Bryan Ferriter’s film, “What Separates Us,” is a coming-of-age film about a young man in a small town who gives in to a life of drinking and brawling after a personal tragedy. A meeting with a talented young painter helps him come to terms with who he is.
The after-party for this film on Oct. 6 will have a DJ and an ‘80s music theme, says Stephens.
Glennfest officially opens this Saturday, Sept. 24, at the local Krikorian Theater with its signature showing of a current-release film for children and young adults with special needs.
“We arrange for modifications in the way a film is screened,” explains Stephens, “to allow family members affected by autism to experience an outing to the movies like everyone else.”
Modifications for this event include turning down the volume, and turning up the lights so the colors on screen are less vivid.
The terms of the film rental prohibit Stephens from publicizing the name of the movie, but he assures people that the film will be something families will like. The event, with gift bags for every child, is free to the public, but it is already sold out with a waiting list for reserve seats.
This yearly special showing is presented by the Americans with Disabilities Caucus of SEIU #721. Families who arrive at 8 a.m. will enjoy a special performance from Danza Folklorica Amor Eterno, a local dance group. Girl Scout Troop #3431 from Alhambra will be volunteering again to help with the morning crowd.
Most of the patrons who need special accommodations are referred by county organizations and facilities, but Stephens says that individual families can contact him for tickets through the website. The tickets specify “One Child or Young Adult + One Caregiver.”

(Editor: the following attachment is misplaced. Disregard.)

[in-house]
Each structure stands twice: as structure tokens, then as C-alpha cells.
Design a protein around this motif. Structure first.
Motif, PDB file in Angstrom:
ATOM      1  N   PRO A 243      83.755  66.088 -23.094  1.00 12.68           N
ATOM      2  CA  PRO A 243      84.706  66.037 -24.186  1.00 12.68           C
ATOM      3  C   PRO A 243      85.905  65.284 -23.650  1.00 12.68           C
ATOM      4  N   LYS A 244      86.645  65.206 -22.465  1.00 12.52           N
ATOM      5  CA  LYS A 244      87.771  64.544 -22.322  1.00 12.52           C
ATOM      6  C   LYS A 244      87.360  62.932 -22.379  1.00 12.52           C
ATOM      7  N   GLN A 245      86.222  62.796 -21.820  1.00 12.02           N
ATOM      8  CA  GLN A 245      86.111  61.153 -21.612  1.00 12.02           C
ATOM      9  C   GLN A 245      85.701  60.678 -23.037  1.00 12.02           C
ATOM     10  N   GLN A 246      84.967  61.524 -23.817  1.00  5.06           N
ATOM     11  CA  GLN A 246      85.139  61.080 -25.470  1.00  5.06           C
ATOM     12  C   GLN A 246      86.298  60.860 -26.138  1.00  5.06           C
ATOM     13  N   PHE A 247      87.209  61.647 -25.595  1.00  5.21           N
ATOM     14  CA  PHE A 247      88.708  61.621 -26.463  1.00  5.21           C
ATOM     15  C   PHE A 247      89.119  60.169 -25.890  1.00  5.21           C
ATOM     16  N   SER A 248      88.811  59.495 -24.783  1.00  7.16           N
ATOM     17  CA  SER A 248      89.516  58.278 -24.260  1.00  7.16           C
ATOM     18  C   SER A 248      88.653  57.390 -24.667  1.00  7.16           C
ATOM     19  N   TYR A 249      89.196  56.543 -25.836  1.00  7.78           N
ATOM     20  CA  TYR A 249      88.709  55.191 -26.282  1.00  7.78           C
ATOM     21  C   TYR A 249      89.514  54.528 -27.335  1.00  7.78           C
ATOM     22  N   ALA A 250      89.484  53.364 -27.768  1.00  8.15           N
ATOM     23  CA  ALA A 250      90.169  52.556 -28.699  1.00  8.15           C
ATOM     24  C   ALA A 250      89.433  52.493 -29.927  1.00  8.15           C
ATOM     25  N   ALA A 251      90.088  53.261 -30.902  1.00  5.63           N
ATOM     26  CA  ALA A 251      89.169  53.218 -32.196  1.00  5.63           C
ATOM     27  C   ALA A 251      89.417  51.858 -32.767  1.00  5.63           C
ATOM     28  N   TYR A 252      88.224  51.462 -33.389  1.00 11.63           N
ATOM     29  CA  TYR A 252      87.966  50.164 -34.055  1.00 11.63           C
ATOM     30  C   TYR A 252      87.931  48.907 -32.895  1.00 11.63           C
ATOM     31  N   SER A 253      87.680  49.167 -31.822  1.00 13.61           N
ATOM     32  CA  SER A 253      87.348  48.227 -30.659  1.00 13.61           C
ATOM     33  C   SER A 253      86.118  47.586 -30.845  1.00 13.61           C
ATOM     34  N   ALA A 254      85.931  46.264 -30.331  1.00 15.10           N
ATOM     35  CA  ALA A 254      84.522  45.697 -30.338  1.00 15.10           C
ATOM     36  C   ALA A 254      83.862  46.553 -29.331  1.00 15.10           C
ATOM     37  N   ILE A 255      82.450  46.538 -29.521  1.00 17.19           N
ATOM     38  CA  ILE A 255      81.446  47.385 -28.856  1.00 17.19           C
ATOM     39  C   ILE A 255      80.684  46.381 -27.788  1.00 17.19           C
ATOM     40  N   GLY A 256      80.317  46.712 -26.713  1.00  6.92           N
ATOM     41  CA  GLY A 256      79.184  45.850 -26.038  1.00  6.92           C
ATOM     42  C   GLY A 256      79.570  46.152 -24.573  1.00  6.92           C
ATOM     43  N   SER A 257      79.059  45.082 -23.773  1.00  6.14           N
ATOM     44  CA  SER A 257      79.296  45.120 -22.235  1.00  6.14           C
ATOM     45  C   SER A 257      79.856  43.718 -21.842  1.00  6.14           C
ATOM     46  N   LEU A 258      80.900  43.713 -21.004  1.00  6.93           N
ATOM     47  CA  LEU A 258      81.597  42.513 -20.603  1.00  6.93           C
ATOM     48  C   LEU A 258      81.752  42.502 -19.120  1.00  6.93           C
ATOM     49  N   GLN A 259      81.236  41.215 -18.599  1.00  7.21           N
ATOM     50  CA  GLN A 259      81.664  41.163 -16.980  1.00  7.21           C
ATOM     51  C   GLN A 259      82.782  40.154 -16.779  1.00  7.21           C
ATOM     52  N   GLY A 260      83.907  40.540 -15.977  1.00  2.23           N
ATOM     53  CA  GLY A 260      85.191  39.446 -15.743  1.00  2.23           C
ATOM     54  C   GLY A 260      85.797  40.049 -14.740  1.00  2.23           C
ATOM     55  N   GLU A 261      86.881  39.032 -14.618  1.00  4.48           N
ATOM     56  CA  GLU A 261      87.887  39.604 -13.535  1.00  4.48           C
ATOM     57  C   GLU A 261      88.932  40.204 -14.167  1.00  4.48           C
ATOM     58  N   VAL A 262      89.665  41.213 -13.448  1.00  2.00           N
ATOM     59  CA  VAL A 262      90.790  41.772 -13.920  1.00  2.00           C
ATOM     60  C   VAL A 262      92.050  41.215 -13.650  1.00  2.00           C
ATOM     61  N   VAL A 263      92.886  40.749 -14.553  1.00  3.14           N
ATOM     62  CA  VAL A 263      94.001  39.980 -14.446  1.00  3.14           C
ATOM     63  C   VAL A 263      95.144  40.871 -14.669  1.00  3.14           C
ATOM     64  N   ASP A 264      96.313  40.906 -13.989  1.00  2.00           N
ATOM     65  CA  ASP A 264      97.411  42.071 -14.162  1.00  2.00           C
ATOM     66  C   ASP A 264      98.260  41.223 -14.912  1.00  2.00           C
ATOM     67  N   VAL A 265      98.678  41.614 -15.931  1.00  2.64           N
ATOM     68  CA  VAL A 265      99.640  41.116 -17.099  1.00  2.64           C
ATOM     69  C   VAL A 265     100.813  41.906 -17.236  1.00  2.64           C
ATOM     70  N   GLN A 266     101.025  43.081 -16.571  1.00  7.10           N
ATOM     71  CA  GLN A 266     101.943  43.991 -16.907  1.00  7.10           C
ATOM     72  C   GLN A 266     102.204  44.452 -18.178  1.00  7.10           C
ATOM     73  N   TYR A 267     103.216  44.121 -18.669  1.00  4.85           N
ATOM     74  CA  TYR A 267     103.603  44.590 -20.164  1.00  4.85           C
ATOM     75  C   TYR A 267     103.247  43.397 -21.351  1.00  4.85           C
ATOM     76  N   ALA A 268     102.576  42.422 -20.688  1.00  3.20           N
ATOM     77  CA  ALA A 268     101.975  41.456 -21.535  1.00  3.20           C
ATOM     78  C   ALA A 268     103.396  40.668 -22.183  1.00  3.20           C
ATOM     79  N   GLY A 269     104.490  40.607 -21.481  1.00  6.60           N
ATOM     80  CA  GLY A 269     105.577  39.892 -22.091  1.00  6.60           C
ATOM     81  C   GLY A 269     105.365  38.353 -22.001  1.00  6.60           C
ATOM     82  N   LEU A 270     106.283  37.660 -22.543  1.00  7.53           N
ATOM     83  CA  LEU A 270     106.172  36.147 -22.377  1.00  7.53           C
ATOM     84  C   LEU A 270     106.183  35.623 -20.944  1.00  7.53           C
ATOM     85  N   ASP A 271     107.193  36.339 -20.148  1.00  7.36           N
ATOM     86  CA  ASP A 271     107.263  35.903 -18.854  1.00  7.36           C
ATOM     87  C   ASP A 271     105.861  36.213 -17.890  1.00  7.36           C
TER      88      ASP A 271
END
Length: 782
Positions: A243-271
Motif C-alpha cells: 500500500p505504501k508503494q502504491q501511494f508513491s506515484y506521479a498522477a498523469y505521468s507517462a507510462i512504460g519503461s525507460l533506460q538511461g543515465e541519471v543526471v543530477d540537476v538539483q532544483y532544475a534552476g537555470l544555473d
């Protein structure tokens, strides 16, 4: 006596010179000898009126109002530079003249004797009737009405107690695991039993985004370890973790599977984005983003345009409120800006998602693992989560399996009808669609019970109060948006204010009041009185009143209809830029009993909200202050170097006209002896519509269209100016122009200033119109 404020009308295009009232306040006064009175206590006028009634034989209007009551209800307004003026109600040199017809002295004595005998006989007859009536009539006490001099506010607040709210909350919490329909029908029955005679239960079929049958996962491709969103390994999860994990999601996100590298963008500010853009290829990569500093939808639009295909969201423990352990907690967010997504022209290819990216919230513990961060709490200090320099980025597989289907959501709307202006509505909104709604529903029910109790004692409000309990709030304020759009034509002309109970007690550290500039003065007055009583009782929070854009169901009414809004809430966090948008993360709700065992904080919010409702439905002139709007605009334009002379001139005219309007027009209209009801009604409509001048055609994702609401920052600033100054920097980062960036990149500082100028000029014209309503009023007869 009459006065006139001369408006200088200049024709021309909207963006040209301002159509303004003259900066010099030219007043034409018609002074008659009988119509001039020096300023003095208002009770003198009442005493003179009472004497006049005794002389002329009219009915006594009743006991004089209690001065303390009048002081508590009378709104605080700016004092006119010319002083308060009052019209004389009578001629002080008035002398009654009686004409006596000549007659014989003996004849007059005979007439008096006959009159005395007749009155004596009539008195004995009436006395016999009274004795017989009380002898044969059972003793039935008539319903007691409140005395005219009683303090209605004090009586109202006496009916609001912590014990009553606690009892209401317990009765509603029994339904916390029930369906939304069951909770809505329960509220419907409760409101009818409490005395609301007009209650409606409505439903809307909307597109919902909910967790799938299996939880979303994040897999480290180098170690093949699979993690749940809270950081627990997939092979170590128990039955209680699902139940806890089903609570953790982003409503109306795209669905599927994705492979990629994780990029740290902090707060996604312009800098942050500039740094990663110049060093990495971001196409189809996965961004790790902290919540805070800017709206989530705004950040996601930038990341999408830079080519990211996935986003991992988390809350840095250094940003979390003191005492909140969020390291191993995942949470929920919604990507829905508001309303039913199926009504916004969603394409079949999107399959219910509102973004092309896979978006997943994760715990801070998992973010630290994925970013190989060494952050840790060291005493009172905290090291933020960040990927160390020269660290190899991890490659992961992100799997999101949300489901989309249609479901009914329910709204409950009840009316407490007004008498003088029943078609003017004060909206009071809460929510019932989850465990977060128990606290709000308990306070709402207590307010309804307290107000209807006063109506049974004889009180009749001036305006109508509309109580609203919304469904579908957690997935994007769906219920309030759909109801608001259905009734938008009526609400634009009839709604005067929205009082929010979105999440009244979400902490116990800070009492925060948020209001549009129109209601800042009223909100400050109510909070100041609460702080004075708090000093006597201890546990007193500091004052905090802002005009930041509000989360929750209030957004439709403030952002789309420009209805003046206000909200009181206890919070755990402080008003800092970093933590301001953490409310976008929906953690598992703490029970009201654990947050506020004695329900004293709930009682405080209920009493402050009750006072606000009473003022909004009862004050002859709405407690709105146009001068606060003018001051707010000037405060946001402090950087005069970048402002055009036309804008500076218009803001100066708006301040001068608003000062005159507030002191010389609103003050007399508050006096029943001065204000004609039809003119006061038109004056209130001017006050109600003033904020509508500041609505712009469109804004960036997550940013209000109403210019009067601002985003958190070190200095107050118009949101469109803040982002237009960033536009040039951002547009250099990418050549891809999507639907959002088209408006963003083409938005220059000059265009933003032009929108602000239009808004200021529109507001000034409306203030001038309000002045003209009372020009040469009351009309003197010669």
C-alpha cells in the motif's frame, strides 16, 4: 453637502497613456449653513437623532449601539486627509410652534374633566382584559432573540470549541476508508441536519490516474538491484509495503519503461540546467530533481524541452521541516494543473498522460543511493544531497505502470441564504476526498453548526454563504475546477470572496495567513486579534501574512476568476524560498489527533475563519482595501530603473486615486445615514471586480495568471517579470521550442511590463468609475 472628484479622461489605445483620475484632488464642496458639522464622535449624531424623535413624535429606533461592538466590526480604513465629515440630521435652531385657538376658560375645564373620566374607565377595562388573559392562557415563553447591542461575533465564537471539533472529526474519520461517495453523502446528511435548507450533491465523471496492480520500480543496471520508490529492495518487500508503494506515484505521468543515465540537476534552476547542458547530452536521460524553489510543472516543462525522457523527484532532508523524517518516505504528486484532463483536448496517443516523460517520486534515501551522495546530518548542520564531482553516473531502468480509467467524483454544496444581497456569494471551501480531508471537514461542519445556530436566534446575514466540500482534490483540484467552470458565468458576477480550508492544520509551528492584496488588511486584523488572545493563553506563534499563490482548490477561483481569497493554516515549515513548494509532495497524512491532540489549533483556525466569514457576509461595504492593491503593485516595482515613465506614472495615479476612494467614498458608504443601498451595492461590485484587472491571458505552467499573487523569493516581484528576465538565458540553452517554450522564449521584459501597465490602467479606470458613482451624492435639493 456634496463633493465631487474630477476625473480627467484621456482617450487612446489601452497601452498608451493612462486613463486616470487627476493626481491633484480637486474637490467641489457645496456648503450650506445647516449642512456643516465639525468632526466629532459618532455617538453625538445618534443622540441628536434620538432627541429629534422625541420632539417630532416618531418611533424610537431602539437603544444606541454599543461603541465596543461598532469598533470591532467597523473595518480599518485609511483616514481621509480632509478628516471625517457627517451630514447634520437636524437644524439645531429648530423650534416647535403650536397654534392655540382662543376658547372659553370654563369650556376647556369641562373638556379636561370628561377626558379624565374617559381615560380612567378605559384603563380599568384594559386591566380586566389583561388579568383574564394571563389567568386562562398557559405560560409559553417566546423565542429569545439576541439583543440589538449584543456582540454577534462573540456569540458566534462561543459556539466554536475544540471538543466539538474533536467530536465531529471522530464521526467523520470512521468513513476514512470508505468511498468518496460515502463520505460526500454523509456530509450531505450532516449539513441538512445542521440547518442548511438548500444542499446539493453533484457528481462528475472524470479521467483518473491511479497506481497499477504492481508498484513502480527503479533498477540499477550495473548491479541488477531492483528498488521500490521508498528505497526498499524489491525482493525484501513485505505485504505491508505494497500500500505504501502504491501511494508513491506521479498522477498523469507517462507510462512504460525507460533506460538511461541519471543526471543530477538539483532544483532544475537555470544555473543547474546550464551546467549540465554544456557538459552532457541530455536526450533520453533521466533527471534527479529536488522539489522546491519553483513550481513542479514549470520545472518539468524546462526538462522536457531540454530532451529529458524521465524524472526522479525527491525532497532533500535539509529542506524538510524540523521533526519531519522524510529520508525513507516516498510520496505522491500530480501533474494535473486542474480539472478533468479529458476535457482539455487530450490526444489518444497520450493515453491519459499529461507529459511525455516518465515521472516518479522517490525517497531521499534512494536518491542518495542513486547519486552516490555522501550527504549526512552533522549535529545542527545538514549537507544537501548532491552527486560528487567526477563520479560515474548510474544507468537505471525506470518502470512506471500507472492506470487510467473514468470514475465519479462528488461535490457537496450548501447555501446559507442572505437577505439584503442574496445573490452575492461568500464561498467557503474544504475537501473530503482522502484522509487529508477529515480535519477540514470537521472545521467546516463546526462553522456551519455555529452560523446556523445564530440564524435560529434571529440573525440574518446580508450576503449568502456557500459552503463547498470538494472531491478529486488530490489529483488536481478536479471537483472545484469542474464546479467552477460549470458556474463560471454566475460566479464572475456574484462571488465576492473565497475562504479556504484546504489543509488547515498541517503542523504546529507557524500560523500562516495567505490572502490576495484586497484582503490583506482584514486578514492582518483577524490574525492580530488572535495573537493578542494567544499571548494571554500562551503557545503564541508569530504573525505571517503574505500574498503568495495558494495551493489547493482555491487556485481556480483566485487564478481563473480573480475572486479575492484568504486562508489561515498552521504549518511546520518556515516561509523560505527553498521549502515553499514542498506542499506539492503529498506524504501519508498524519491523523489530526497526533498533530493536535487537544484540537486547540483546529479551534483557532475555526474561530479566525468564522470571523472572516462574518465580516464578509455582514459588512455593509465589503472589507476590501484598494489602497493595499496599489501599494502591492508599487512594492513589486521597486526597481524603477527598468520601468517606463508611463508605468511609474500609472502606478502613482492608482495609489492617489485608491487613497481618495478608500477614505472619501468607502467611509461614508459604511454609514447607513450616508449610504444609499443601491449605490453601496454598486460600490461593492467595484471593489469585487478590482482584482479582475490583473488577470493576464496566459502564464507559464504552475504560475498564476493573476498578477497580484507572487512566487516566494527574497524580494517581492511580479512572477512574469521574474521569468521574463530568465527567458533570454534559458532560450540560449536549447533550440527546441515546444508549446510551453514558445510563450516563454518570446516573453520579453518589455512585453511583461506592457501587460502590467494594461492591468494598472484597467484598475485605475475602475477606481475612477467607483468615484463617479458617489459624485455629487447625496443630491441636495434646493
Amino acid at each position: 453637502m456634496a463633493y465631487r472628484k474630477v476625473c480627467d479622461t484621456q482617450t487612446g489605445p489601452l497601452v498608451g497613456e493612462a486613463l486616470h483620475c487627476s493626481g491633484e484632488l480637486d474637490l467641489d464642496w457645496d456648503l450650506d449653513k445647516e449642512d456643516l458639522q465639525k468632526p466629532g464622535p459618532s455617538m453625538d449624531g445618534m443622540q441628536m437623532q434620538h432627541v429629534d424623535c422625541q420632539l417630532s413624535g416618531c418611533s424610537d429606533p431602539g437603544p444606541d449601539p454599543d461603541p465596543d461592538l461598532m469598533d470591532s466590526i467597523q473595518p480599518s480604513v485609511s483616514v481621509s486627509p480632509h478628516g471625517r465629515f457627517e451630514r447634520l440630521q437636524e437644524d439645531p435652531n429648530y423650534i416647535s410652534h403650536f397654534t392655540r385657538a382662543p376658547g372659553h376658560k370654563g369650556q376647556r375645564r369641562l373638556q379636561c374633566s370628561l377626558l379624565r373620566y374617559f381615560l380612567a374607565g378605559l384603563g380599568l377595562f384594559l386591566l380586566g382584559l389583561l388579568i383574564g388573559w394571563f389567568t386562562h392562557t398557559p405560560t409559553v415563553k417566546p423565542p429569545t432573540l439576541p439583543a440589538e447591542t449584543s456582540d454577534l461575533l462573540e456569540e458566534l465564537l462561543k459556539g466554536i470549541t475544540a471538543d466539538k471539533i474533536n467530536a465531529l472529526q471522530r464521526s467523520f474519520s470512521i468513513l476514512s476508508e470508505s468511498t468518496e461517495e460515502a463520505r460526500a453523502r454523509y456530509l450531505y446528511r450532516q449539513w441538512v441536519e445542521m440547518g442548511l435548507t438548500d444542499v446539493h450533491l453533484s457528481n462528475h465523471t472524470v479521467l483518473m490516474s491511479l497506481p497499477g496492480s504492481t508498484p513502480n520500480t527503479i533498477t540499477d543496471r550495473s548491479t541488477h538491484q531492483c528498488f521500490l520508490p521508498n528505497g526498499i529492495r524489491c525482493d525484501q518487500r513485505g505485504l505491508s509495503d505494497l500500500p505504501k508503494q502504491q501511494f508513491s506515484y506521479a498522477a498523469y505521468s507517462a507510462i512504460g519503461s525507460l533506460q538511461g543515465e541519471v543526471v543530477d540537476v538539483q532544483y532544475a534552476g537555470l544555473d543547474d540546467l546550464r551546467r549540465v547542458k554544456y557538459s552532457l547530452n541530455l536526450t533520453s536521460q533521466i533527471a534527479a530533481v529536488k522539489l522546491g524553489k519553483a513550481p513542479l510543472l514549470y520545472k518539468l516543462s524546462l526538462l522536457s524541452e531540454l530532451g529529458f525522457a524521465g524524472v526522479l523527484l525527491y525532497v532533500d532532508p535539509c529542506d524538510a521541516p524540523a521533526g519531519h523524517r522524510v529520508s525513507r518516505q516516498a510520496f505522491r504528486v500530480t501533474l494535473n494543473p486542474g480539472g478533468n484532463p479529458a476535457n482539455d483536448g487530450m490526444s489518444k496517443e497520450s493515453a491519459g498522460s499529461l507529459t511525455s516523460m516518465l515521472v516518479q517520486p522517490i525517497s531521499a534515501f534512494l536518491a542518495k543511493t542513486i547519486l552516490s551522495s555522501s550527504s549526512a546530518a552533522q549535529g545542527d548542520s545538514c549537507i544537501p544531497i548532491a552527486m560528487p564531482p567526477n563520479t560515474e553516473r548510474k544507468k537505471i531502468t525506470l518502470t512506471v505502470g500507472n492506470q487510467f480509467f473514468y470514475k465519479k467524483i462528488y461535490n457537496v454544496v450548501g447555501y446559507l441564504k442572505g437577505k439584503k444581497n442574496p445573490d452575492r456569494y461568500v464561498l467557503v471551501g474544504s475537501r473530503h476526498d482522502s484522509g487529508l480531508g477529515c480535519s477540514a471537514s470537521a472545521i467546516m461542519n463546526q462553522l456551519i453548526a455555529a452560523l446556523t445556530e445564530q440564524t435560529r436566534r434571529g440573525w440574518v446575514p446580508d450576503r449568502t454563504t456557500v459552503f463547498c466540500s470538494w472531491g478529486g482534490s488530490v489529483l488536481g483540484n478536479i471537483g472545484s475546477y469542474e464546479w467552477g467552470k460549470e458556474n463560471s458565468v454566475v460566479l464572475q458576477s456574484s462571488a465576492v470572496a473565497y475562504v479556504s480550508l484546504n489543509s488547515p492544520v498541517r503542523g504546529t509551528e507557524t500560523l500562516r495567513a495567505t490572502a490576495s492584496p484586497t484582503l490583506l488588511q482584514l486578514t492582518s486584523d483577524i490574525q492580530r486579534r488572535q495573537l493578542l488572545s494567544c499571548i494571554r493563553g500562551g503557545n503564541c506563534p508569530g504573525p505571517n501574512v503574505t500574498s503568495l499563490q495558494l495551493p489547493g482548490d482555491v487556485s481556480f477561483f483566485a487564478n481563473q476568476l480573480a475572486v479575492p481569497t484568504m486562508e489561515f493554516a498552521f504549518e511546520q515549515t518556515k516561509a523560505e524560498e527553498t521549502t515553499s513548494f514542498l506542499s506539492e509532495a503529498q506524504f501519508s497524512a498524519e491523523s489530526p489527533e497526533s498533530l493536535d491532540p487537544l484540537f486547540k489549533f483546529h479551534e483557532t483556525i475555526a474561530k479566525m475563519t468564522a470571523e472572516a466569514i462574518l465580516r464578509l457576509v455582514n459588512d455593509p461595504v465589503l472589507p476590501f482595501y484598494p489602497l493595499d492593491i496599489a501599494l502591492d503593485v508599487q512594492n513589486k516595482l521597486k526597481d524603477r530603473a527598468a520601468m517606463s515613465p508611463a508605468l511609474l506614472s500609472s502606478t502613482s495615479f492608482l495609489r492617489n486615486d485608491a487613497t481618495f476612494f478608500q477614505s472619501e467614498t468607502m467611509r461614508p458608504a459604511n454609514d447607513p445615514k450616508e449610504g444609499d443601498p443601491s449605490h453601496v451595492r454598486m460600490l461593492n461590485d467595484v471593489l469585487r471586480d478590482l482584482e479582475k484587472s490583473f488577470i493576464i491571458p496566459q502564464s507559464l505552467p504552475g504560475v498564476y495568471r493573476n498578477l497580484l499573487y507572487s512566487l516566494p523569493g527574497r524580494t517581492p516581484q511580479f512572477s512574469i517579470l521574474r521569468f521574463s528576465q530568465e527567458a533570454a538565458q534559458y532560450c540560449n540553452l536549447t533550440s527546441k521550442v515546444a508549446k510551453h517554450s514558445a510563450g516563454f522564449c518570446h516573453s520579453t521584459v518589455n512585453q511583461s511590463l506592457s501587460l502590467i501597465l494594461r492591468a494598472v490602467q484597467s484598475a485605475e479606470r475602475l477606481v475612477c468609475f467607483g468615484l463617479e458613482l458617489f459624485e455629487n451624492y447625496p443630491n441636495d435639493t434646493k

“The Rocky Horror Picture Show,” a yearly favorite, will be presented in a retro-showing this Sunday, Sept. 25, at 7 p.m. at the Epic Lounge. Audience participation has become a key feature of this movie classic.
On Wednesday, Sept. 28, audiences will have an opportunity to see a unique and touching film that was an official selection at both the Telluride and Sundance film festivals. “Viva” is the story of a young man in Cuba who finds his calling as a drag entertainer, and then reconnects with his macho father under unusual circumstances.
This Spanish language film with subtitles was shot in 22 days on a small budget by Irish-born director Paddy Breathnach. The Havana street scenes were often shot without using extras. The movie screens at the Krikorian at 7 p.m. Benicio del Toro is the executive producer.
The German comedy-horror film, “Therapy for a Vampire,” will show at the Krikorian on Tuesday, Oct. 4, at 7 p.m. Set in Vienna in the 1930s, it tells the story of Count von Kozsnom who has lost his thirst for life and consults Sigmund Freud as a new patient.
“La Cage Aux Folles” and “What Separates Us” follow on Oct. 5 and 6.